I have heard the argument that teaching traditional Mysore style classes can be your practice. For me, the energy that is created in me from teaching is quite different to that created in my practice. There is no doubt the two complement each other, but I don’t think one can replace the other. There is much that I learn in my practice that I apply in teaching, and the reverse is also true.

My practice makes me feel alive. I am not in the time of my life and do not have the inclination to withdraw. I have a young family, life is busy. I want to be fully in every moment and my practice brings this to me. Guruji was the most alive person in his 70’s, 80’s and early 90’s, that I have ever met. He loved life and was fully part of it. He said that we should not even consider working into meditation practices until we had achieved proficiency in Asana practice to Advanced A level and proficiency in Pranayama. I feel a long way off that yet. Working hard in that direction though.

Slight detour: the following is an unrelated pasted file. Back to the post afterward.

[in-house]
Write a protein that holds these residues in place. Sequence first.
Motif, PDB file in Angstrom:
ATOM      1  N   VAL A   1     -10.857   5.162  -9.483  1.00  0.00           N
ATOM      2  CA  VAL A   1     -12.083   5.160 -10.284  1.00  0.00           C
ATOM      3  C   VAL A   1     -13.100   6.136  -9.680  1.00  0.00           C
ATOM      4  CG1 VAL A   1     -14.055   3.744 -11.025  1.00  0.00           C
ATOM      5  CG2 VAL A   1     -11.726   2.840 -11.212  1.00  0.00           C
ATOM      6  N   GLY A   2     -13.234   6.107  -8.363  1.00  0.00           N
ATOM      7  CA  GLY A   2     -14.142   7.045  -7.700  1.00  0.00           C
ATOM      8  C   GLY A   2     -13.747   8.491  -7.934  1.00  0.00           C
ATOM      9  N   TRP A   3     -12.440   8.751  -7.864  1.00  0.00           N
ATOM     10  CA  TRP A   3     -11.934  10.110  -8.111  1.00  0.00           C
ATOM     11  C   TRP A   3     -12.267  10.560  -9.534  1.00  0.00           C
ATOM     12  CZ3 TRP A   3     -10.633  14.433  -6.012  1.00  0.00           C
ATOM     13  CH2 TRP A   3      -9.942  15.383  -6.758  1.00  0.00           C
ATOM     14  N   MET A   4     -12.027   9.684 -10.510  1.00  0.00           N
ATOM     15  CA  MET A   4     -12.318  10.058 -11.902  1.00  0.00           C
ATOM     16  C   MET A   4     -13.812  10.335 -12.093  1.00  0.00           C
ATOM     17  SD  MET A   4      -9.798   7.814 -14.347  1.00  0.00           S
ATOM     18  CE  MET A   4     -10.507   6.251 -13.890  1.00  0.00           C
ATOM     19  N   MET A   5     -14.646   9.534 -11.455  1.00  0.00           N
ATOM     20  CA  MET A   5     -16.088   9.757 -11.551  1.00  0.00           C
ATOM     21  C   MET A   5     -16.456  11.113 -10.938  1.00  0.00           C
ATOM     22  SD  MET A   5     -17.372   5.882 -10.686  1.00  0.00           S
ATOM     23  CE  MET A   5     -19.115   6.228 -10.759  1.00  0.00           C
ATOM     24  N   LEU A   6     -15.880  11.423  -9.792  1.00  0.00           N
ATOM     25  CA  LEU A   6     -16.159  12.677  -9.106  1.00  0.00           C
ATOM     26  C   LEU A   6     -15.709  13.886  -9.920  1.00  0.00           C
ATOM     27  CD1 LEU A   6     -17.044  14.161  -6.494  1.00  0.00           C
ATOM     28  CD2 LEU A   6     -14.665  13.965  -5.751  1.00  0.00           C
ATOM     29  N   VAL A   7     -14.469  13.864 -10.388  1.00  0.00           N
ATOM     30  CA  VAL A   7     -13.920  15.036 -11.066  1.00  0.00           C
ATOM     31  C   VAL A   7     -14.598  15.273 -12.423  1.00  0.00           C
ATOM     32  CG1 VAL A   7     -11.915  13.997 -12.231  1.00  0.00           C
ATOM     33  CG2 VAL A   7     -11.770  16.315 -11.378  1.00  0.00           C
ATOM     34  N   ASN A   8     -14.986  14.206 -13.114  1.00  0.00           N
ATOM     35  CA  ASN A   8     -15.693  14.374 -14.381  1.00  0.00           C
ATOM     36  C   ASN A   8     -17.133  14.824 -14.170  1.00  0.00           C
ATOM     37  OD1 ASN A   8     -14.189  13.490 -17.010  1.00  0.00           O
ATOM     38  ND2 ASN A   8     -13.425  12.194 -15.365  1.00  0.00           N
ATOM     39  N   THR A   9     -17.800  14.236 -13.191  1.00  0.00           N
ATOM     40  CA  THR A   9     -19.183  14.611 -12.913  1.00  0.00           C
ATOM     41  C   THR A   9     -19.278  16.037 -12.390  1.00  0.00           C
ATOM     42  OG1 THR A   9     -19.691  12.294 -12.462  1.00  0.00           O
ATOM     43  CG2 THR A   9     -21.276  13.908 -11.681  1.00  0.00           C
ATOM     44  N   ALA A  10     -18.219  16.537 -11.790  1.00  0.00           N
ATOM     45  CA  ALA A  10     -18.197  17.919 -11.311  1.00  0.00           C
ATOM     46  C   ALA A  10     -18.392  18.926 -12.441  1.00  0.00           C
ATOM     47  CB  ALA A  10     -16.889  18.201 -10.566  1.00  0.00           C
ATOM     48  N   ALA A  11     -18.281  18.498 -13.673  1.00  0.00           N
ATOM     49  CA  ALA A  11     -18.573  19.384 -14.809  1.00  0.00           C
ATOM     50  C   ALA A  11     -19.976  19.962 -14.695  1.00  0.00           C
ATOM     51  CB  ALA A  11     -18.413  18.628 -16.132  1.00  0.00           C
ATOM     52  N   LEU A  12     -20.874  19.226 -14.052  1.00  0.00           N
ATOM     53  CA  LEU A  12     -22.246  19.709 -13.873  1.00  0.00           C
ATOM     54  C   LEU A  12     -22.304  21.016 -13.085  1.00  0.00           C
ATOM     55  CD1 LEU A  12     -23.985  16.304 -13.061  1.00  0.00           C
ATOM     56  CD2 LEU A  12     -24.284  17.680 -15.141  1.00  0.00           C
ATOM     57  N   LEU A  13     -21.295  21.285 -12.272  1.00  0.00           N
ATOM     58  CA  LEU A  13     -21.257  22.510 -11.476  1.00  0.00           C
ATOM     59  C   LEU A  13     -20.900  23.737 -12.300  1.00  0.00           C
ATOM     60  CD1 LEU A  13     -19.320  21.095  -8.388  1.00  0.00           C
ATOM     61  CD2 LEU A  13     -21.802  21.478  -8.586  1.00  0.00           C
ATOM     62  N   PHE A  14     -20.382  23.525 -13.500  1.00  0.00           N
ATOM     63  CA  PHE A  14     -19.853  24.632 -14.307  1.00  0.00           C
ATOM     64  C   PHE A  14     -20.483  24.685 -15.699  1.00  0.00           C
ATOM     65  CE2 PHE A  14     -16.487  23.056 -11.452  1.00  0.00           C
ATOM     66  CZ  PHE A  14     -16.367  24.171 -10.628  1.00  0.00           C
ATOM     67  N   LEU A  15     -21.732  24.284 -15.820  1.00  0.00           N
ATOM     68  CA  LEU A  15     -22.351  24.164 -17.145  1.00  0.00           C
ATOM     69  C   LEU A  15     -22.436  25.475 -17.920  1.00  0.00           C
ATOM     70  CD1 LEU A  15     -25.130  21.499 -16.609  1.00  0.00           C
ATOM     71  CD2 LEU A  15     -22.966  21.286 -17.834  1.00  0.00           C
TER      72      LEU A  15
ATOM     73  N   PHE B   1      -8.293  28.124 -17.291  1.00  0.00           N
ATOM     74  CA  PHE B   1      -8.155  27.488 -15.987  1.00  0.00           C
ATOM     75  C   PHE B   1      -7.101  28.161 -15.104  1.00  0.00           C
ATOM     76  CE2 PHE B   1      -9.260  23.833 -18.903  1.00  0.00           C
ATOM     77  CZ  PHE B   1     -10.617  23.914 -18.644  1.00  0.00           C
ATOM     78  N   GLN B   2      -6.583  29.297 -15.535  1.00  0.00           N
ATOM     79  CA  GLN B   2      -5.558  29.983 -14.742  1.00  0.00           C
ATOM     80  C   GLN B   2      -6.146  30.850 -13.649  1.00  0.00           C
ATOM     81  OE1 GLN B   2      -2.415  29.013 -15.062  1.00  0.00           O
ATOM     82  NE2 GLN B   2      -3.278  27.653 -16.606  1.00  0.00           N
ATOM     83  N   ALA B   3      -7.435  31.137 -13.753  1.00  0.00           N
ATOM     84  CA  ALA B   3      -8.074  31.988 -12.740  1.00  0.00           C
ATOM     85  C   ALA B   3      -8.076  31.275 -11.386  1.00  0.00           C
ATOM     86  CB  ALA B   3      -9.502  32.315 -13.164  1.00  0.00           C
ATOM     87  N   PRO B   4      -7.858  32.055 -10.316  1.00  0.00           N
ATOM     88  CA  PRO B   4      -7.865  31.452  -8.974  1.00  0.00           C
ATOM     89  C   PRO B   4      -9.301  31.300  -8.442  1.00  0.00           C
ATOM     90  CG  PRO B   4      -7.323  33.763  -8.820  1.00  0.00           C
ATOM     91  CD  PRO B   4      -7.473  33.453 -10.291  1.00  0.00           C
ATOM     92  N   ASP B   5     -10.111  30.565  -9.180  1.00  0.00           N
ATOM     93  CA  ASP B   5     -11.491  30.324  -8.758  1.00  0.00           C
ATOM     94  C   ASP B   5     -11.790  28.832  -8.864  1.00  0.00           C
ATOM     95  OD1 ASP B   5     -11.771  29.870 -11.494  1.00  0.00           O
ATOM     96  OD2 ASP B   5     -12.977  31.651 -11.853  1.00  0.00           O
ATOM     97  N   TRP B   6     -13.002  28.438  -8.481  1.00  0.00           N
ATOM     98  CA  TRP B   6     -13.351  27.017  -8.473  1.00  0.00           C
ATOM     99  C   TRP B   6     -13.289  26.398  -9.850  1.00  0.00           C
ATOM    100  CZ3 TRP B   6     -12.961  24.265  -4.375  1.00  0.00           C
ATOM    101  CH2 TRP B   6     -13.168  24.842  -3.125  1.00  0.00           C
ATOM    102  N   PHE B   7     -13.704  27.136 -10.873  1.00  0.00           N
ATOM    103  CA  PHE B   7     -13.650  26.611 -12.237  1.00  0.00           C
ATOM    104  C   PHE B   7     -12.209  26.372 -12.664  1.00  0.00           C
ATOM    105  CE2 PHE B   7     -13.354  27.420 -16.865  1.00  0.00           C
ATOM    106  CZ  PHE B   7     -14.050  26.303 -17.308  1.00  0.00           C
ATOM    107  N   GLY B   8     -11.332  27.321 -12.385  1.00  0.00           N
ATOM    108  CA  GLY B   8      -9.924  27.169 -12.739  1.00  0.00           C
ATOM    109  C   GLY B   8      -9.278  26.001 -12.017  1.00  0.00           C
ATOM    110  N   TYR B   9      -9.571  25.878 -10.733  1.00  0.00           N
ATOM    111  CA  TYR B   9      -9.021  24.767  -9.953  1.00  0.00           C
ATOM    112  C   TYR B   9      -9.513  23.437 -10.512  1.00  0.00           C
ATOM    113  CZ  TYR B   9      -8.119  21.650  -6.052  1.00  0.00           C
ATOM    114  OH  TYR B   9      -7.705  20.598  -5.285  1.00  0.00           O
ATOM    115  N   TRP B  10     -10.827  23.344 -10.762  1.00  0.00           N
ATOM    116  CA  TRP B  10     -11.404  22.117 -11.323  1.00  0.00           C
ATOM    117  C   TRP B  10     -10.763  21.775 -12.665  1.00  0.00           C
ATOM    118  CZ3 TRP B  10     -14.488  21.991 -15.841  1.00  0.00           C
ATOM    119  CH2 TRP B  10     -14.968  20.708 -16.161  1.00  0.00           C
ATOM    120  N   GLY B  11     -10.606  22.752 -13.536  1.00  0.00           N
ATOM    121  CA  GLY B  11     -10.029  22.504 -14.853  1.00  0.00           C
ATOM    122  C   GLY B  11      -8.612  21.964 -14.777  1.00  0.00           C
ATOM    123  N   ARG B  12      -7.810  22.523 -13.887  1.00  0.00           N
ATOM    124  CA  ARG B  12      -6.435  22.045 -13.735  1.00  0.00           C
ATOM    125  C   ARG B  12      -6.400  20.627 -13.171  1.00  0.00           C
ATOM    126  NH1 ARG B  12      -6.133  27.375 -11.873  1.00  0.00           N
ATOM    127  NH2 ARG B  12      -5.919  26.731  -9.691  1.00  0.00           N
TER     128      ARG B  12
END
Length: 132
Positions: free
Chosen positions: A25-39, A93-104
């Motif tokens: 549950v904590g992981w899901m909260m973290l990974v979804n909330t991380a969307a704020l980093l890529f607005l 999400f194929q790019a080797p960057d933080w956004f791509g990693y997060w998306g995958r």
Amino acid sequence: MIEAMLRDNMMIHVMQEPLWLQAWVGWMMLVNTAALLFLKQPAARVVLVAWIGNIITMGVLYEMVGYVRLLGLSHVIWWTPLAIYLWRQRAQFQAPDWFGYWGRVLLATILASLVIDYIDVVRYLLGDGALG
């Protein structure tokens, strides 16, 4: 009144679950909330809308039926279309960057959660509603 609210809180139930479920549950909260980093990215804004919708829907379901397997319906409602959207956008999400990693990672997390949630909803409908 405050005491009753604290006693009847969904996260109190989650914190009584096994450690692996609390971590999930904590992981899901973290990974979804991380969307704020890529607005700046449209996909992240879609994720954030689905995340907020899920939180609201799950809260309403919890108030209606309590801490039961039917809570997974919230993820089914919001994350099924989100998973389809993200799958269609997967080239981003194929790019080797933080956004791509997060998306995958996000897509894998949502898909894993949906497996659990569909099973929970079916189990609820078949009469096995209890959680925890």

I believe what Guruji taught me; “Practice, practice, practice, and all is coming”, and I do my best to apply it to my life.

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  1. Katie Pervan

    a lovely read Mike. Thanks for your honesty and inspiration. Very cool.

  2. Diane Holbel

    I, age 73, do the Astanga practice because it works. Maintaining range of motion, balance, circulation, endurance…allowing me to enjoy new career as film extra with its 15-hr work days. Mental and spiritual benefits supercede physical as I’ve experienced through surgeries and chemotherapy six years ago

  3. Mike

    Thank you Diane. That is it exactly. It works on all levels, it works.

  4. jhulanyatra dasi

    Thank you for this sweet post Mike! And thank you Diane for your inspiring story!

    I am only 31 🙂 but it is challenging to have a regular 5-6 day practise a week. You need to get up early (5:20amish…), spent 1-2 hours on the mat and then get on with your day. Also, you have to watch your diet to the tiniest details. Being a full vegetarian (living a yogic lifestyle that is), you need to get your energy, vitamins and nutrients. Otherwise you cannot do the practise not speaking of teaching and other physical work (I am also a massage therapist). You need to buy fresh ingredients, always prepare your food at home, you go to bed early etc.